Strolling down an Old Town side street in Basel, Switzerland, you suddenly encounter a surreal music-themed mural depicting rock icons like David Bowie and Kurt Cobain.
The “Wall of Fame” mural on Gerbergässlein, commissioned by L’Unique, a nearby rock nightclub and art gallery, was created by the Art4000 collective in 2008. What makes it a unique contribution to the cultural scene in this quirky Rhine River city is how it is constantly evolving. If you’d love to see, say, Eddie Van Halen or Céline Dion added, Art4000 is happy to consider your suggestion.
For many art lovers, Basel, in northwest Switzerland where the French and German borders meet, first got on the map in 1970. That year saw the launch of Art Basel, the renowned international art fair, which now has sister events in Hong Kong, Miami Beach, and Paris.
Yet Basel’s reputation for artistic flair runs much deeper. After all, the German-speaking city of 190,000, which feels cozy and spacious at the same time, was founded more than 2,000 years ago.
Happily, you don’t need to be an athlete on par with Basel-born tennis legend Roger Federer to explore area galleries and public art installations by e-bike and on foot.
After renting an e-bike at Basel SBB, the central railway station, embark on a picturesque half-hour ride that cuts northeast over the Rhine and along the Landschaftspark Wiese’s woodland trails. The first destination is the airy, contemporary Fondation Beyeler.
This gallery, inaugurated in 1997, is ringed by serene gardens, including a large pond that features Thomas Schütte’s Hase (2013), a grotesque bronze sculpture of a hare spouting water. The works inside are as eye-catching as they are diverse. Impressionist masterpieces like Claude Monet’s Le bassin aux nymphéas (The Water Lily Pond, ca. 1917-1920) are juxtaposed directly with Alberto Giacometti’s eerily slender L’Homme qui marche II sculpture (Walking Man II, 1960). Pop-culture-inspired paintings such as Roy Lichtenstein’s Beach Scene With Starfish (1995) and, in a temporary exhibition in early 2023, Wayne Thiebaud’s 35 Cent Masterworks (1972) add zest and fun.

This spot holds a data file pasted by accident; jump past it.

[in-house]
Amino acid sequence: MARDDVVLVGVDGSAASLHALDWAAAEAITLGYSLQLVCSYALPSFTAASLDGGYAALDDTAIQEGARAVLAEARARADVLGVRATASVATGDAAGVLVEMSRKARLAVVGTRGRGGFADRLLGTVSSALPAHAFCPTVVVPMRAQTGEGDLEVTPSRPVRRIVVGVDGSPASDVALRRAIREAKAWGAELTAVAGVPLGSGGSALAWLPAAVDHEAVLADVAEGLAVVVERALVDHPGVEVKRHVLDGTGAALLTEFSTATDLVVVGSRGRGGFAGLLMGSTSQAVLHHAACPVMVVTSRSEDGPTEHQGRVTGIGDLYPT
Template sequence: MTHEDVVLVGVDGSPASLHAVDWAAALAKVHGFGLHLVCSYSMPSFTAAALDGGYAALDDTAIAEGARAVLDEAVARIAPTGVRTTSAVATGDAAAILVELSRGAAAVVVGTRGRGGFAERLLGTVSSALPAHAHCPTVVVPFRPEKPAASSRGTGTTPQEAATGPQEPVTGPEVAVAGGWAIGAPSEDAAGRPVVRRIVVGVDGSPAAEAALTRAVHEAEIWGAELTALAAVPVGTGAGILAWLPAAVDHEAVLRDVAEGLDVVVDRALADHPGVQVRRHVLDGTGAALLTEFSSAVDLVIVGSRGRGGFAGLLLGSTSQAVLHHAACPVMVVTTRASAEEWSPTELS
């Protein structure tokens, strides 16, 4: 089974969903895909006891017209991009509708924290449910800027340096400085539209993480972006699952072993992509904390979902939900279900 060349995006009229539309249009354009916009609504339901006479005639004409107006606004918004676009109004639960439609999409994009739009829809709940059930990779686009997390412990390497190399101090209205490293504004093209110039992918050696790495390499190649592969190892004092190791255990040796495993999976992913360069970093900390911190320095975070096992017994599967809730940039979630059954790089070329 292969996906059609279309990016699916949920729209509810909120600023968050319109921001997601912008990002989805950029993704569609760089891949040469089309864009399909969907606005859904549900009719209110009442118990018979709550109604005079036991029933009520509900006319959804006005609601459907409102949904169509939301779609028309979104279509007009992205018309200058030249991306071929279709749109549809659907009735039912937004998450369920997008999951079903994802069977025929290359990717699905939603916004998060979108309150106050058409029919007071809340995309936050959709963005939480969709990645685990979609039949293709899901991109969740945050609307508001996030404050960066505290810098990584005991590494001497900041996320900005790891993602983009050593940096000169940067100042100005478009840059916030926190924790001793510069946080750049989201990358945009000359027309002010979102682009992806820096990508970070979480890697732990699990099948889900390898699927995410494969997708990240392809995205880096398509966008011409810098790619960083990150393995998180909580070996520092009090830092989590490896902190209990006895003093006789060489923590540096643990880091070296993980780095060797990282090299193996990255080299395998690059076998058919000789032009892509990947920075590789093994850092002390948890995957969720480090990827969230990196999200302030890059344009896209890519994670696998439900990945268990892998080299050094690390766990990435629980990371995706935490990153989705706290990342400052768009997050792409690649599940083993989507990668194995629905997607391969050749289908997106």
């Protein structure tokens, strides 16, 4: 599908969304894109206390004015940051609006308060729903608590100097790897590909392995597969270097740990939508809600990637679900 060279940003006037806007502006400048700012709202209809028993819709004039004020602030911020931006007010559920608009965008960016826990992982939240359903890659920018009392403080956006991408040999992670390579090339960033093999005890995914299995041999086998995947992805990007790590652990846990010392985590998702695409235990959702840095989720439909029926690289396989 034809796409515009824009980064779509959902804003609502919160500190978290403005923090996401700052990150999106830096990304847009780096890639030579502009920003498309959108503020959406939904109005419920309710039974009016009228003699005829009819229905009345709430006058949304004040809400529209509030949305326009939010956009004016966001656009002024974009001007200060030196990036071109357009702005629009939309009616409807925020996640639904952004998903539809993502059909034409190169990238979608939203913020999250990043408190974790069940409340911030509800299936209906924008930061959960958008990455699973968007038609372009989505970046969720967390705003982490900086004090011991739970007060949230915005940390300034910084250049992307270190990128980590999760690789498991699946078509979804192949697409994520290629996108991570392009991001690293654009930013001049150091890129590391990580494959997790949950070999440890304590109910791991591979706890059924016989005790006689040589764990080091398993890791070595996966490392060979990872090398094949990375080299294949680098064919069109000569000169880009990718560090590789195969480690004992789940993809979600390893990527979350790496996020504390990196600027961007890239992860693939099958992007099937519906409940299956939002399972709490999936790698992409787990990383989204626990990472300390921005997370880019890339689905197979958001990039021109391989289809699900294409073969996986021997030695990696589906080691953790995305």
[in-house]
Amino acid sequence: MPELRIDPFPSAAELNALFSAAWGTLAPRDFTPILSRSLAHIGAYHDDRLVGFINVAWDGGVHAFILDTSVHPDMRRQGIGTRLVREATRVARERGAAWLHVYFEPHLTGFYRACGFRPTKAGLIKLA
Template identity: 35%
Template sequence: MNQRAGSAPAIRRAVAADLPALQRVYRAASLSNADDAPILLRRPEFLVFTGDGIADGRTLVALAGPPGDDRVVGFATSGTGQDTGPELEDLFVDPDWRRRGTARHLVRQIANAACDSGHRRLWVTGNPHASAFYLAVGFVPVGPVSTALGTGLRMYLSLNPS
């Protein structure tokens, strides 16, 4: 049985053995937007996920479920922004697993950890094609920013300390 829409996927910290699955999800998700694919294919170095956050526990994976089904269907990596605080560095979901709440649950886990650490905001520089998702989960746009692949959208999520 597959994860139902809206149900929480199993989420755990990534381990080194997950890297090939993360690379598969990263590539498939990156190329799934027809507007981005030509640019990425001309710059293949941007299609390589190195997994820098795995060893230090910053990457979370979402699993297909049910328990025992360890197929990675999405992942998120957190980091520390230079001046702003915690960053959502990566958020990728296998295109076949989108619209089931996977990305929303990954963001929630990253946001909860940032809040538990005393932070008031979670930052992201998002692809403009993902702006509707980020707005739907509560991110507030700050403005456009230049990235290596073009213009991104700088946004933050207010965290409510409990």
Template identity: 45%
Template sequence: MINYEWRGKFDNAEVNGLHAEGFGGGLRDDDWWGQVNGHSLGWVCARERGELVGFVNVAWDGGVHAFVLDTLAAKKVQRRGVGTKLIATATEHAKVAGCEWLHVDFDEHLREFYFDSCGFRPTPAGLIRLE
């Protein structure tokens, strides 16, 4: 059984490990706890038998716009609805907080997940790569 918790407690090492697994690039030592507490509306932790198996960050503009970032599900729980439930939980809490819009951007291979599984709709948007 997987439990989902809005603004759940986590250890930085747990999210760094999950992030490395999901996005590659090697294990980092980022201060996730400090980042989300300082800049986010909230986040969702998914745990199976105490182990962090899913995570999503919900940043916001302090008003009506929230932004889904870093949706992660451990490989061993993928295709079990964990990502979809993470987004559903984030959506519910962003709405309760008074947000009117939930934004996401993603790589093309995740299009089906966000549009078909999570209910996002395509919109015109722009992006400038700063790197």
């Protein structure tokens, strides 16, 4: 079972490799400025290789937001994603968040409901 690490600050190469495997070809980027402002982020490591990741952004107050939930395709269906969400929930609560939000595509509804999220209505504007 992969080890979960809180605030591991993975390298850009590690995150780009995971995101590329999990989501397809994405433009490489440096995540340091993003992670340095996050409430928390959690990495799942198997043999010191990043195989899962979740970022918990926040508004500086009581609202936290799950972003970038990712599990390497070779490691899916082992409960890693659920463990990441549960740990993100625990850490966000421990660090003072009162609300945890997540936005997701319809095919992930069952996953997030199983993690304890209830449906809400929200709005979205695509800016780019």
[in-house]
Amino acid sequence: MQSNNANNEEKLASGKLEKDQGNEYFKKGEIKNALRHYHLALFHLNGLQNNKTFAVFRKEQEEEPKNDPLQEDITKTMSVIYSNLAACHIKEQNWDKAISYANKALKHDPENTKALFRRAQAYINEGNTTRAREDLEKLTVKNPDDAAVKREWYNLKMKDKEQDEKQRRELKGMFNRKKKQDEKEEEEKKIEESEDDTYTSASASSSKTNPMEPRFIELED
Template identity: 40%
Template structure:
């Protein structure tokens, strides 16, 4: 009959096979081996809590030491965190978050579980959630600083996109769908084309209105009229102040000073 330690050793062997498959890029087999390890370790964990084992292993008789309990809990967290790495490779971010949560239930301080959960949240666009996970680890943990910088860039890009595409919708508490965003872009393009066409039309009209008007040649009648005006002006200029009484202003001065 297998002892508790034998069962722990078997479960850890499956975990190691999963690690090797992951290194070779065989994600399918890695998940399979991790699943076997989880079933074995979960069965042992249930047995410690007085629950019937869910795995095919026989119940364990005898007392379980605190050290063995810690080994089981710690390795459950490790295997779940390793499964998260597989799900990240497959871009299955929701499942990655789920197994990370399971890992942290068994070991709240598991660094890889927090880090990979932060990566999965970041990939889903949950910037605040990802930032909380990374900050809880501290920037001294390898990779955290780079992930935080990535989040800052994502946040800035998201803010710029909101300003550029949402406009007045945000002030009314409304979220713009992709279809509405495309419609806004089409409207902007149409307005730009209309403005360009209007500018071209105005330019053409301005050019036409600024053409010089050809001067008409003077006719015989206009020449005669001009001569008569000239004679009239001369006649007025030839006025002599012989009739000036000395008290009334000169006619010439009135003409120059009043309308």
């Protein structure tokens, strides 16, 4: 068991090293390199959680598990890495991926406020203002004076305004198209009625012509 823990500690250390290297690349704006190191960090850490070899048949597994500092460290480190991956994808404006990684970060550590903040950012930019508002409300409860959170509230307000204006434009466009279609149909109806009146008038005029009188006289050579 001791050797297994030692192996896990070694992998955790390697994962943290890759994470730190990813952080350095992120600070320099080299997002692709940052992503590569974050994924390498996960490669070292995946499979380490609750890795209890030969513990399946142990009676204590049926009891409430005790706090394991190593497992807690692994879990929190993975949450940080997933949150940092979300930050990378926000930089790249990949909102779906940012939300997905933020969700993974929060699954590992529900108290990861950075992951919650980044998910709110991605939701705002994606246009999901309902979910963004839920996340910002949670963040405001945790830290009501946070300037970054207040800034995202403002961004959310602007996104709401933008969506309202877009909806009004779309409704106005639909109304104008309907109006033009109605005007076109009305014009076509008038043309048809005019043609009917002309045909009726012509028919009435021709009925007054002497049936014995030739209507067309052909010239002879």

It’s a mere 15-minute pedal across the German border (no passport required) to reach the Vitra Campus. Vitra, the furniture company founded in 1950 by the Fehlbaum family, showcases iconic creations by designers from Alvar Aalto to Charles and Ray Eames in the Vitra Design Museum. It occupies a spectacular deconstructivist building by architect Frank Gehry.
In the museum shop, you can purchase miniature replicas of pieces such as Frank Lloyd Wright’s Barrel Chair and Eero Saarinen’s Womb Chair and Ottoman. At the VitraHaus Café, refuel with an artistically presented quinoa carrot sourdough burger with cucumber salad and potato wedges.
Outside, the Vitra Slide Tower, standing nearly 31 metres tall and topped with a six-metre-wide clock, offers a gently thrilling corkscrew tube slide for children.
Back in Basel’s medieval Old Town, the capacious Kunstmuseum Basel is another must-see, easy to reach on foot after dropping off your e-bike. It was founded in 1661 and features the world’s oldest public art collection. Spanning three venues (the newest opened in 2016), the museum has more than 300,000 works from the 1400s to modern times. Hans Holbein, Vincent van Gogh, and Andy Warhol are among the luminaries represented. From Tuesday to Friday, there is free admission after 5 p.m.
Rare indeed is the building in Basel that possesses neither outer nor inner beauty. The 500-year-old city hall with its red sandstone facade, the four-storey Spielzeug Welten Museum Basel jam-packed with whimsical teddy bears, and the glassy, circular Novartis Pavillon, a pharmaceutical giant’s showcase of innovations that evokes Jurassic Park or Westworld, are all aesthetic winners in their own way.
Zurich, Geneva, and Lausanne may get more attention for their respective ties to international finance, diplomacy, and sports federations, yet when it comes to stylish Swiss sights, Basel rocks.